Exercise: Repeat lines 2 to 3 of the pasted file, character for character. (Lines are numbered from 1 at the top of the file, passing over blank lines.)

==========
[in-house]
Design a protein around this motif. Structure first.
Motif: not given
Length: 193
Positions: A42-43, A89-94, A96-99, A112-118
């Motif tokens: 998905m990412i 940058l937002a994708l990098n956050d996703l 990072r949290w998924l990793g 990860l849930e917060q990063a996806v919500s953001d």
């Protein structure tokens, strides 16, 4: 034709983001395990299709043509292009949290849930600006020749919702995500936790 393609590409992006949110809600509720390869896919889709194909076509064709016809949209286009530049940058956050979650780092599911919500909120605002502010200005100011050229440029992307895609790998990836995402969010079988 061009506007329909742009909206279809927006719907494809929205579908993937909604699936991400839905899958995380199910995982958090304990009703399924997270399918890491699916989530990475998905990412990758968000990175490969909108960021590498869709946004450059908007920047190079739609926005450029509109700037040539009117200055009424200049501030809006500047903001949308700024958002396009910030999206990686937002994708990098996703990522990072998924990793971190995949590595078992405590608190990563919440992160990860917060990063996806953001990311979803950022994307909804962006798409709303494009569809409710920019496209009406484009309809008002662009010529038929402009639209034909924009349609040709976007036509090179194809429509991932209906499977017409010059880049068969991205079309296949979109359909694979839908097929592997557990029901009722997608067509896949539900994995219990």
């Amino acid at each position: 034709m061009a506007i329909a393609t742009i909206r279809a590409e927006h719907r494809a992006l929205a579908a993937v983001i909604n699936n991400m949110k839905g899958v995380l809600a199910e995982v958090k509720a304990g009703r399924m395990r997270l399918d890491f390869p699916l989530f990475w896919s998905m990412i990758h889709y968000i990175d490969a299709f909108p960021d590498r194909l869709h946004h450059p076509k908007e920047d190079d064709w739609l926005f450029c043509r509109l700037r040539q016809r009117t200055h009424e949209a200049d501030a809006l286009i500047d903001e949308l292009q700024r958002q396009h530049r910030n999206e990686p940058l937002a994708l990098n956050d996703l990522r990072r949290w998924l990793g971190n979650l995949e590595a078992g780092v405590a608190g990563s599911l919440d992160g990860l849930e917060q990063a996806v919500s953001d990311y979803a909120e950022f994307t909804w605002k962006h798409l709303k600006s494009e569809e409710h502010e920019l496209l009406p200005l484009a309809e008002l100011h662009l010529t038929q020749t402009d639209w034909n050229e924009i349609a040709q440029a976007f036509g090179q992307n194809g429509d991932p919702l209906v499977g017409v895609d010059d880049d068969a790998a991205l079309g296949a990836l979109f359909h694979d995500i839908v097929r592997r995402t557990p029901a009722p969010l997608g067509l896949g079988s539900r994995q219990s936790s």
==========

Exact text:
Design a protein around this motif. Structure first.
Motif: not given